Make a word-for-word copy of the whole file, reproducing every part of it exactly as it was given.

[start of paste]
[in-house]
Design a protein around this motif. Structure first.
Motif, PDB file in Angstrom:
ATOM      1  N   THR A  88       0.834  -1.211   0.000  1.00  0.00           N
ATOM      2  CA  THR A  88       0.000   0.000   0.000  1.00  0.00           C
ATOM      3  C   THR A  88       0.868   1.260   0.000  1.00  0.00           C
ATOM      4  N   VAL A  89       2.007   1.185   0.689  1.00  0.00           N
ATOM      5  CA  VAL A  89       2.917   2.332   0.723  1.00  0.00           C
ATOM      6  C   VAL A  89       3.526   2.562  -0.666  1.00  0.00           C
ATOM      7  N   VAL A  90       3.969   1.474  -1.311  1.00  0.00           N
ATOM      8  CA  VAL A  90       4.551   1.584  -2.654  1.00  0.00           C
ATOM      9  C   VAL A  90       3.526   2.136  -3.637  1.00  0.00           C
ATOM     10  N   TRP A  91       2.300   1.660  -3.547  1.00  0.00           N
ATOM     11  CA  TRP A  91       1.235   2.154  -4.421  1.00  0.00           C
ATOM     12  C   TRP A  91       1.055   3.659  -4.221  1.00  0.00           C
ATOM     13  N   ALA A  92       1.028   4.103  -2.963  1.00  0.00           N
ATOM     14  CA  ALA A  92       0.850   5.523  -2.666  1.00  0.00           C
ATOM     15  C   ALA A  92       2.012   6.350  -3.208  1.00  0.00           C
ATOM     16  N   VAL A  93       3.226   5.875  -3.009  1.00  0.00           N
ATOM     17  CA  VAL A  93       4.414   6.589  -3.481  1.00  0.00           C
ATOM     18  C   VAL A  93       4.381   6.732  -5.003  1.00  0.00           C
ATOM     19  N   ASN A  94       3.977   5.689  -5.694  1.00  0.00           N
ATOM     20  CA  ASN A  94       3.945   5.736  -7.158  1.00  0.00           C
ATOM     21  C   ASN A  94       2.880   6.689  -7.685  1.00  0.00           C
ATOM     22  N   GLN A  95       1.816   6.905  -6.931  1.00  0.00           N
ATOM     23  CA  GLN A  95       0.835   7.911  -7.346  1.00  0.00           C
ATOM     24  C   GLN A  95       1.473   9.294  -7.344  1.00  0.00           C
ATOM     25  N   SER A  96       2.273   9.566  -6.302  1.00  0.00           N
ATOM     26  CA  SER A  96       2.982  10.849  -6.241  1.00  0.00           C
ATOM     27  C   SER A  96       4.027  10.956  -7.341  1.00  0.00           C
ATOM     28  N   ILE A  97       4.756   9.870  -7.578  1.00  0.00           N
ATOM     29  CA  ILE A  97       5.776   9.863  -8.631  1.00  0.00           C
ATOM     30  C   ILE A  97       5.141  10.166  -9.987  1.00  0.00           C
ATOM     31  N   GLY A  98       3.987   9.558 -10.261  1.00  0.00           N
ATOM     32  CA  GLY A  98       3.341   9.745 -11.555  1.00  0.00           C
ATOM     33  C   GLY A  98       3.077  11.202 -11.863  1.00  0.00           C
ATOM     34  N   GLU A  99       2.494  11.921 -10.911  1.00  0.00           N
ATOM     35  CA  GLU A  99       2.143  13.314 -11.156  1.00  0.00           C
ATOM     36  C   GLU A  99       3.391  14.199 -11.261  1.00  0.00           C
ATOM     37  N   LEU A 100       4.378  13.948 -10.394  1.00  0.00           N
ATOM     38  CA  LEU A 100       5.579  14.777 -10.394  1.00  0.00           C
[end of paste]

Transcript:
[in-house]
Design a protein around this motif. Structure first.
Motif, PDB file in Angstrom:
ATOM      1  N   THR A  88       0.834  -1.211   0.000  1.00  0.00           N
ATOM      2  CA  THR A  88       0.000   0.000   0.000  1.00  0.00           C
ATOM      3  C   THR A  88       0.868   1.260   0.000  1.00  0.00           C
ATOM      4  N   VAL A  89       2.007   1.185   0.689  1.00  0.00           N
ATOM      5  CA  VAL A  89       2.917   2.332   0.723  1.00  0.00           C
ATOM      6  C   VAL A  89       3.526   2.562  -0.666  1.00  0.00           C
ATOM      7  N   VAL A  90       3.969   1.474  -1.311  1.00  0.00           N
ATOM      8  CA  VAL A  90       4.551   1.584  -2.654  1.00  0.00           C
ATOM      9  C   VAL A  90       3.526   2.136  -3.637  1.00  0.00           C
ATOM     10  N   TRP A  91       2.300   1.660  -3.547  1.00  0.00           N
ATOM     11  CA  TRP A  91       1.235   2.154  -4.421  1.00  0.00           C
ATOM     12  C   TRP A  91       1.055   3.659  -4.221  1.00  0.00           C
ATOM     13  N   ALA A  92       1.028   4.103  -2.963  1.00  0.00           N
ATOM     14  CA  ALA A  92       0.850   5.523  -2.666  1.00  0.00           C
ATOM     15  C   ALA A  92       2.012   6.350  -3.208  1.00  0.00           C
ATOM     16  N   VAL A  93       3.226   5.875  -3.009  1.00  0.00           N
ATOM     17  CA  VAL A  93       4.414   6.589  -3.481  1.00  0.00           C
ATOM     18  C   VAL A  93       4.381   6.732  -5.003  1.00  0.00           C
ATOM     19  N   ASN A  94       3.977   5.689  -5.694  1.00  0.00           N
ATOM     20  CA  ASN A  94       3.945   5.736  -7.158  1.00  0.00           C
ATOM     21  C   ASN A  94       2.880   6.689  -7.685  1.00  0.00           C
ATOM     22  N   GLN A  95       1.816   6.905  -6.931  1.00  0.00           N
ATOM     23  CA  GLN A  95       0.835   7.911  -7.346  1.00  0.00           C
ATOM     24  C   GLN A  95       1.473   9.294  -7.344  1.00  0.00           C
ATOM     25  N   SER A  96       2.273   9.566  -6.302  1.00  0.00           N
ATOM     26  CA  SER A  96       2.982  10.849  -6.241  1.00  0.00           C
ATOM     27  C   SER A  96       4.027  10.956  -7.341  1.00  0.00           C
ATOM     28  N   ILE A  97       4.756   9.870  -7.578  1.00  0.00           N
ATOM     29  CA  ILE A  97       5.776   9.863  -8.631  1.00  0.00           C
ATOM     30  C   ILE A  97       5.141  10.166  -9.987  1.00  0.00           C
ATOM     31  N   GLY A  98       3.987   9.558 -10.261  1.00  0.00           N
ATOM     32  CA  GLY A  98       3.341   9.745 -11.555  1.00  0.00           C
ATOM     33  C   GLY A  98       3.077  11.202 -11.863  1.00  0.00           C
ATOM     34  N   GLU A  99       2.494  11.921 -10.911  1.00  0.00           N
ATOM     35  CA  GLU A  99       2.143  13.314 -11.156  1.00  0.00           C
ATOM     36  C   GLU A  99       3.391  14.199 -11.261  1.00  0.00           C
ATOM     37  N   LEU A 100       4.378  13.948 -10.394  1.00  0.00           N
ATOM     38  CA  LEU A 100       5.579  14.777 -10.394  1.00  0.00           C